The above statement may seem ridiculous at first glance. Not to mention counterintuitive. Every single business owner needs as many clients as they can possibly get right?
Right… EXCEPT the wrong ones.
Now here’s something even more counterintuitive…
By the wrong clients, I’m not necessarily referring to people who don’t need your services.
Unfortunately, I have vast experience in this area. The circumstances of life and marriage caused me to take on clients that were waving checks at me. It (temporarily) solved my immediate money issues. There were only five problems:
- They were not the kind of clients that advanced the goals and objectives of my company.
- They were not long term clients so repeat business was highly unlikely.
- The money they paid me was not concurrent to the many hours needed to do the necessary work.
- They were unpleasant, difficult, dishonest and since one of them was “family” they had no qualms about crossing professional boundaries (calling at any and all hours of the night, demanding that I go well above and beyond what anyone would consider reasonable service)
- They had very little money.
The fault lies with me. I, as the leader, allowed my former company to go off the rails for one very simple reason. I took on clients who paid my immediate bills but destroyed my business. Taking on these types of clients also led to the dissolution of my marriage, my financial stability and my self-esteem. The worst part is that subconsciously, I knew what I was doing and didn’t put a stop to it.
I want to help leaders who are in the same position I was to avoid the mistakes I made. We all have or have had clients who are not good for us or our businesses. Conversely, we all have clients that have helped our businesses grow and prosper. As simple as it sounds, one of the key functions a leader must do is to focus and nurture their best clients and get rid of (I did say get rid of) the bad ones. Fast!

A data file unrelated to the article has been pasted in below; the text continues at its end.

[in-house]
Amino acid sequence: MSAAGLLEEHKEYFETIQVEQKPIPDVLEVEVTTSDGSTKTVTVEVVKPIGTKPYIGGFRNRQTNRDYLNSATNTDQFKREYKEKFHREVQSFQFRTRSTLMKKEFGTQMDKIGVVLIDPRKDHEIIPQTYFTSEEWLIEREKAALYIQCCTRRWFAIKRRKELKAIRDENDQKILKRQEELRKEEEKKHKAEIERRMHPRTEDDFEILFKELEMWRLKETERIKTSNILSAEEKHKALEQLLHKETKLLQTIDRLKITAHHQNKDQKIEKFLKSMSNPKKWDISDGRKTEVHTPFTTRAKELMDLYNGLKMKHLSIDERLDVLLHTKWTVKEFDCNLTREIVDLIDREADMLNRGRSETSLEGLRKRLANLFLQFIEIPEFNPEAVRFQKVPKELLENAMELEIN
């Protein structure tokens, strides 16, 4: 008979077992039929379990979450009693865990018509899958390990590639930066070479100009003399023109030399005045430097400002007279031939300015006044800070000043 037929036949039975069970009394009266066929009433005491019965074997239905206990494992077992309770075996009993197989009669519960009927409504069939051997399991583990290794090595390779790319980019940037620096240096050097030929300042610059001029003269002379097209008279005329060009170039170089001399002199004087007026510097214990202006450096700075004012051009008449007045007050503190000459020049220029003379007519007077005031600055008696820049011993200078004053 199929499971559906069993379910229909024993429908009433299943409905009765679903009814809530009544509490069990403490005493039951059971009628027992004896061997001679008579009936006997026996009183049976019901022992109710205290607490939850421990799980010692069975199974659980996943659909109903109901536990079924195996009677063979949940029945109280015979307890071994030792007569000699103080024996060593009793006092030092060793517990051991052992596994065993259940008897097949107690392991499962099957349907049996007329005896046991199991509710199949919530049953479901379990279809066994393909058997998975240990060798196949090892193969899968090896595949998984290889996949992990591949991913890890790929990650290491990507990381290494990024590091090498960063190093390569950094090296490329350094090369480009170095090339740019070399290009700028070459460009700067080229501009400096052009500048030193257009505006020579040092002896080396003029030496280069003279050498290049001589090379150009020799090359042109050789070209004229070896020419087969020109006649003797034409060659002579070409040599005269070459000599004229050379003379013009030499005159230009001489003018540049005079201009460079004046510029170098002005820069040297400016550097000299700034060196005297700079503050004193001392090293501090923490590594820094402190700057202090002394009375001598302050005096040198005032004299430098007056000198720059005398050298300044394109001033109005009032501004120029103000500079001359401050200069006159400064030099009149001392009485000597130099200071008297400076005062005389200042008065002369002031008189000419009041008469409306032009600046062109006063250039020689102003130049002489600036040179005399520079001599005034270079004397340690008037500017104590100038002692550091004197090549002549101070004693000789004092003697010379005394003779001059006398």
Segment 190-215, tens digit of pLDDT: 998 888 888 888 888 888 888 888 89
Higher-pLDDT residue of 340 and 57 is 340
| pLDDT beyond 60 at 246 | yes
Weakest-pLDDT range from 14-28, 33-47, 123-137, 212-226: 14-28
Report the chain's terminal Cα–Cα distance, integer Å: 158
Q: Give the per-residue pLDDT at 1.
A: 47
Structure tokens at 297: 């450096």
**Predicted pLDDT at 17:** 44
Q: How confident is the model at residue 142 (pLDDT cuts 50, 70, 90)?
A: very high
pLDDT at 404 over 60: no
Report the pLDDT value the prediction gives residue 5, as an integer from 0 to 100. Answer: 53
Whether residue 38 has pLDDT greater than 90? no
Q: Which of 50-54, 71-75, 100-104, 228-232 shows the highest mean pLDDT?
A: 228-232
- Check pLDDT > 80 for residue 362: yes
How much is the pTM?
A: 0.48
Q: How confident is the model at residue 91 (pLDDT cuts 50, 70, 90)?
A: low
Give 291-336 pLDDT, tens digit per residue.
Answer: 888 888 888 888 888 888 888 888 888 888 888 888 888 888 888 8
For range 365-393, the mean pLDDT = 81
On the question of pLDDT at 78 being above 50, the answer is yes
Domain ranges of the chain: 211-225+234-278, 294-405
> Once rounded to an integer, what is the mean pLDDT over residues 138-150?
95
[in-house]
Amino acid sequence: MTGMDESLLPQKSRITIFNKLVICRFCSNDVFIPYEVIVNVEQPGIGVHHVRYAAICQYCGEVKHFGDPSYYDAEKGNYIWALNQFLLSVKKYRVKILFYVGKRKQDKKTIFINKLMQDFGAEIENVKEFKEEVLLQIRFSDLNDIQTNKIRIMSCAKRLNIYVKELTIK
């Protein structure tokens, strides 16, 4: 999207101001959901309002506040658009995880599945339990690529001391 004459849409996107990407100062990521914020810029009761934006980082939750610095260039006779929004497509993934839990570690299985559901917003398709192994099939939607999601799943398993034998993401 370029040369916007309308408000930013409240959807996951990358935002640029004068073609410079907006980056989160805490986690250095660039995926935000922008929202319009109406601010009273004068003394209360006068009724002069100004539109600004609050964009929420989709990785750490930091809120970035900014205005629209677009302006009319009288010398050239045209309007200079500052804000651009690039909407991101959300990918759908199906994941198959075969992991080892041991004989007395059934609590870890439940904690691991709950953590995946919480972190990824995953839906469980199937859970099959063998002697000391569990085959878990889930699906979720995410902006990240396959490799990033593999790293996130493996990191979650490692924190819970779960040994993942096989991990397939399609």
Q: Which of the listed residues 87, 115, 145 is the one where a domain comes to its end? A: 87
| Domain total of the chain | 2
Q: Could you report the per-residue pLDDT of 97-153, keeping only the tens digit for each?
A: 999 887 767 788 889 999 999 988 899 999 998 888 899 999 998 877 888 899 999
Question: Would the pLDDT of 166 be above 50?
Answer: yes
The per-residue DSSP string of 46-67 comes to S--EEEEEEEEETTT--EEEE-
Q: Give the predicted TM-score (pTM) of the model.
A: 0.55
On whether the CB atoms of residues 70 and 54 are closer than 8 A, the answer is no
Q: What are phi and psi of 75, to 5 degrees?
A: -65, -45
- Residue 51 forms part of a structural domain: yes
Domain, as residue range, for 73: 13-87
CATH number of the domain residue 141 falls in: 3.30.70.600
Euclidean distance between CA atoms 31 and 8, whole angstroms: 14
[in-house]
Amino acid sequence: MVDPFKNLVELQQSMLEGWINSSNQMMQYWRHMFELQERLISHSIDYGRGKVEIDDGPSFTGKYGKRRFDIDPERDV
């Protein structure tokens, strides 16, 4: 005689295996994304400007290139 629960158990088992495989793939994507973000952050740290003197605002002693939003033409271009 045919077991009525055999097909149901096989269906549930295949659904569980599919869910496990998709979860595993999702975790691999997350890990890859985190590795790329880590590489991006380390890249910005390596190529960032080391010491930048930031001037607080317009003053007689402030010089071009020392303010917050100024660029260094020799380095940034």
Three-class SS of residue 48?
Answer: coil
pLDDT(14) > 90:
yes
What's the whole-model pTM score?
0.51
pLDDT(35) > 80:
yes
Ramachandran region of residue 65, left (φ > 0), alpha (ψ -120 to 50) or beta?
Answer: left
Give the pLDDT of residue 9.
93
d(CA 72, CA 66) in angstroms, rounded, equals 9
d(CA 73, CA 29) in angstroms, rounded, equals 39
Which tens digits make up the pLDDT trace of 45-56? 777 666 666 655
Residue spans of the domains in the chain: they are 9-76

SEPARATING THE GOOD FROM THE BAD
The exercise below is one of the most important a leader can do. It should be done at least every quarter. Take two sheets of paper. On one sheet, list your best clients. On the second sheet, list your most difficult clients. Here are some key questions to ask as you go along:
- Does the client pay? On-time? (Anyone can run into a cash crunch. It happens. When it becomes chronic, a red flag should go up)
- Once you have completed your work for the client, will they come back? (Otherwise known as repeat and recurring revenue)
- How much revenue does this client add to your bottom line?
- Is this client a prototype for your company?
- Are they pleasant to work with?
- Do they communicate effectively with you and do you do the same with them?
- When issues have arisen, has this client worked well with you to resolve them? (If not, I’d advise you to get rid of them quickly. Troublemakers cause trouble for the fun of it.)
- Will this client potentially refer others to you?
- Do you have a history with this client? (It’s always a good idea to be extra loyal whenever possible to a client of long-standing.)
These are vital questions to the overall health of your business. As the leader, you are obligated to yourself and your team to make sure you come up with the right answers to these questions. They are not always easy questions to answer. They are crucial. By not answering these questions properly, I failed as a leader when I ran my last company. I don’t want to see that happen to you.
Please send me an email or drop me a line if you are struggling with this process. I’ve been there and I can help. Good Luck!
#Leadership #Success #Coaching www.jtdcoaching.com